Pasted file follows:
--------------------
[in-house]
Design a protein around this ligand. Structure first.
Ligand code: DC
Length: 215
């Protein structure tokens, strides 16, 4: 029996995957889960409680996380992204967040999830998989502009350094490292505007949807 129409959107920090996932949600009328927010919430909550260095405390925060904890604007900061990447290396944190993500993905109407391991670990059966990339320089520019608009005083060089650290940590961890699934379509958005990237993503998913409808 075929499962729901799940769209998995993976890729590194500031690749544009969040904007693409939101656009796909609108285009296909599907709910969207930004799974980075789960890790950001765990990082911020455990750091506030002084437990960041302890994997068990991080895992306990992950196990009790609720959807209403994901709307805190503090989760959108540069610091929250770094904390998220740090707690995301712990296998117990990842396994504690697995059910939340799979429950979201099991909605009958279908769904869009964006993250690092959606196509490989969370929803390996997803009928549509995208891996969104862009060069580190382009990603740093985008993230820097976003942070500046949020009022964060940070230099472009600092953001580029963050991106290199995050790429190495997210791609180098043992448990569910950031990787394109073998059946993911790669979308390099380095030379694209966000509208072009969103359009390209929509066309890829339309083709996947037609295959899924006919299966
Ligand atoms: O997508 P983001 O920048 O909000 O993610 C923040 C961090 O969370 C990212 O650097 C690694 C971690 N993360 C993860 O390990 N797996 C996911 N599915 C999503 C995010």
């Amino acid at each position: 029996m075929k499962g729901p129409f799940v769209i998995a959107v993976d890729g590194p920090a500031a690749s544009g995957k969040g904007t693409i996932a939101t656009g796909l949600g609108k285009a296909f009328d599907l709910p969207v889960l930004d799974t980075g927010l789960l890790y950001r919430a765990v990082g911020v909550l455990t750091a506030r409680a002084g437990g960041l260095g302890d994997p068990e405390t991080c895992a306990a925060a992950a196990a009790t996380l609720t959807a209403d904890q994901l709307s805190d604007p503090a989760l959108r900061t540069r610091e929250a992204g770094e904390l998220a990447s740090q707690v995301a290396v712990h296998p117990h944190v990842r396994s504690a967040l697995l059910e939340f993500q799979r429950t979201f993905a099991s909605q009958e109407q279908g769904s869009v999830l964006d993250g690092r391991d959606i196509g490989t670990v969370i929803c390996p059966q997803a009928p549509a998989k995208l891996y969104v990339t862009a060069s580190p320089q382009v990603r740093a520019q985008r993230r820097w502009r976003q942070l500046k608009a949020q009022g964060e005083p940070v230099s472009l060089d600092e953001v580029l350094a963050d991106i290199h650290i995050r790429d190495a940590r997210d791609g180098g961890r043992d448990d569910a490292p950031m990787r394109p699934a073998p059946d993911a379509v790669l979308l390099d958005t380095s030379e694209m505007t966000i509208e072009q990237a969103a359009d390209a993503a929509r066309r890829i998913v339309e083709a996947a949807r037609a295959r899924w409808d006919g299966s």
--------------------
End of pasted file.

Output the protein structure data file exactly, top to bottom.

[in-house]
Design a protein around this ligand. Structure first.
Ligand code: DC
Length: 215
């Protein structure tokens, strides 16, 4: 029996995957889960409680996380992204967040999830998989502009350094490292505007949807 129409959107920090996932949600009328927010919430909550260095405390925060904890604007900061990447290396944190993500993905109407391991670990059966990339320089520019608009005083060089650290940590961890699934379509958005990237993503998913409808 075929499962729901799940769209998995993976890729590194500031690749544009969040904007693409939101656009796909609108285009296909599907709910969207930004799974980075789960890790950001765990990082911020455990750091506030002084437990960041302890994997068990991080895992306990992950196990009790609720959807209403994901709307805190503090989760959108540069610091929250770094904390998220740090707690995301712990296998117990990842396994504690697995059910939340799979429950979201099991909605009958279908769904869009964006993250690092959606196509490989969370929803390996997803009928549509995208891996969104862009060069580190382009990603740093985008993230820097976003942070500046949020009022964060940070230099472009600092953001580029963050991106290199995050790429190495997210791609180098043992448990569910950031990787394109073998059946993911790669979308390099380095030379694209966000509208072009969103359009390209929509066309890829339309083709996947037609295959899924006919299966
Ligand atoms: O997508 P983001 O920048 O909000 O993610 C923040 C961090 O969370 C990212 O650097 C690694 C971690 N993360 C993860 O390990 N797996 C996911 N599915 C999503 C995010």
């Amino acid at each position: 029996m075929k499962g729901p129409f799940v769209i998995a959107v993976d890729g590194p920090a500031a690749s544009g995957k969040g904007t693409i996932a939101t656009g796909l949600g609108k285009a296909f009328d599907l709910p969207v889960l930004d799974t980075g927010l789960l890790y950001r919430a765990v990082g911020v909550l455990t750091a506030r409680a002084g437990g960041l260095g302890d994997p068990e405390t991080c895992a306990a925060a992950a196990a009790t996380l609720t959807a209403d904890q994901l709307s805190d604007p503090a989760l959108r900061t540069r610091e929250a992204g770094e904390l998220a990447s740090q707690v995301a290396v712990h296998p117990h944190v990842r396994s504690a967040l697995l059910e939340f993500q799979r429950t979201f993905a099991s909605q009958e109407q279908g769904s869009v999830l964006d993250g690092r391991d959606i196509g490989t670990v969370i929803c390996p059966q997803a009928p549509a998989k995208l891996y969104v990339t862009a060069s580190p320089q382009v990603r740093a520019q985008r993230r820097w502009r976003q942070l500046k608009a949020q009022g964060e005083p940070v230099s472009l060089d600092e953001v580029l350094a963050d991106i290199h650290i995050r790429d190495a940590r997210d791609g180098g961890r043992d448990d569910a490292p950031m990787r394109p699934a073998p059946d993911a379509v790669l979308l390099d958005t380095s030379e694209m505007t966000i509208e072009q990237a969103a359009d390209a993503a929509r066309r890829i998913v339309e083709a996947a949807r037609a295959r899924w409808d006919g299966s």